One of the best options is to use a three-dimensional, realistic mockup that makes the project look real. This might be showing a website on a phone in someone’s hand or a branding package on different objects, such as the example above.
The good news is that you don’t have to create an extra design to showcase projects. There are plenty of mockups and scenes available that allow you to pop your design into the shell and go. Some of our favorites are available from Envato Elements.
When it comes to the presentation itself, you can use the mockup in a slide deck or on cutouts or posters that you place in the room for a design presentation.
4. Brand the Presentation and Slides
This should seems like a no-brainer: Brand your presentation and slides to create a consistent design theme.
Step up your presentation by using a scheme that marries your visual brand (if you have one) and the project itself. If the presentation looks and feels like the client, it is easier for them to envision themselves as part of the content therein.
Most design presentations include a slide deck and some other visual representations of the work. For collateral or posters, you may get a small printed run of the designs so that the client can see what the final product will look like. This can be especially important for printed items or packaging that touch is an important element of the design.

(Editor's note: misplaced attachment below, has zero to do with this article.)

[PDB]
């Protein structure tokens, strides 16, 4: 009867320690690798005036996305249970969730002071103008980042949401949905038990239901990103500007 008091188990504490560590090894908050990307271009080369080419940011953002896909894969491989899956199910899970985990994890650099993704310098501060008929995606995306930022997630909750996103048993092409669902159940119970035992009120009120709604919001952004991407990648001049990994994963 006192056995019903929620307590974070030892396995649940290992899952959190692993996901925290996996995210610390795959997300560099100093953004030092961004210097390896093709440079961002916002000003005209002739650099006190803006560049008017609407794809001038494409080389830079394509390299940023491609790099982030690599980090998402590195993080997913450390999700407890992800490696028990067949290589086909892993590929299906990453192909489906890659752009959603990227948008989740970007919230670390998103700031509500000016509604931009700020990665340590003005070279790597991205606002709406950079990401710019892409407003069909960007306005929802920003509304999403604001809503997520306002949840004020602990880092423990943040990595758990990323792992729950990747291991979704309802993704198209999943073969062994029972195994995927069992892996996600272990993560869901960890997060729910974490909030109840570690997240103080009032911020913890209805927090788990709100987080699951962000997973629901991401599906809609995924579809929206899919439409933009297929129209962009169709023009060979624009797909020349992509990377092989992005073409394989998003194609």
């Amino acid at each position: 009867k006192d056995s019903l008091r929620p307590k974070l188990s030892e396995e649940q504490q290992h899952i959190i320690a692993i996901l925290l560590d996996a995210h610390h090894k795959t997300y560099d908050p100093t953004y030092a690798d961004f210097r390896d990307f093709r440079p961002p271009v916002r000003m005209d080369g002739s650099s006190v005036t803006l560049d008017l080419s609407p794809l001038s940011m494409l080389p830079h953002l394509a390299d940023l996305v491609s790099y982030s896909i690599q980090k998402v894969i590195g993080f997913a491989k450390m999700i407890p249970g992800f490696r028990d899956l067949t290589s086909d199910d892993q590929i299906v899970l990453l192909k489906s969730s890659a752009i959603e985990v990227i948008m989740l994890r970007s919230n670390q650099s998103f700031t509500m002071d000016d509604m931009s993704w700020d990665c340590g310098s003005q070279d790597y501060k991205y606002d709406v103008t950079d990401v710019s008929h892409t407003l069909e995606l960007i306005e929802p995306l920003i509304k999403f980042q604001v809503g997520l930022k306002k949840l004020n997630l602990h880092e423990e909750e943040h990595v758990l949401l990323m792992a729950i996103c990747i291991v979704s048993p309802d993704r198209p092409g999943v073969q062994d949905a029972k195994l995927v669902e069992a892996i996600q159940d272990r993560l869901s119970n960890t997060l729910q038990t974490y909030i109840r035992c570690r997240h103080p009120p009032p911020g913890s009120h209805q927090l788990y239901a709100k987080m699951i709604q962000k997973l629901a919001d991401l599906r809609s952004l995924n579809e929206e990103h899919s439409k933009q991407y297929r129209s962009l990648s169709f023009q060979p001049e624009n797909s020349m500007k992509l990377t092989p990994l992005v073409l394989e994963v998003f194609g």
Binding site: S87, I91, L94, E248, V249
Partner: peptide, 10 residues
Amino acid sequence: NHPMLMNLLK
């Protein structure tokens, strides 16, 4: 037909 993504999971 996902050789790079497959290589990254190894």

5. Presentation Design Should be Simple, Put Focus on Project
The actual design of the presentation or slides should be simple without too much razzle-dazzle. You don’t want clients to focus on the design or tricks in the presentation, you want them to hone in on the project itself.
Stick to simple slides without a lot of information on each slide. In most cases, avoid animated transitions or sound or visuals other than the design itself.
Remember, the design presentation isn’t about how cool of a PowerPoint you can create, it is about highlighting the key features and elements of the design project at hand, and getting feedback (or approval) to keep the project moving forward.
6. Show 3 Design Choices
Pair down the project to no more than three design choices before the presentation. And for some projects, or depending on where you are in the process, you may only show one design for final approval.
For initial presentations, three options is often the magic number:
- One design that is “safe” and exactly what the client ordered (this is a very comfortable design for the client)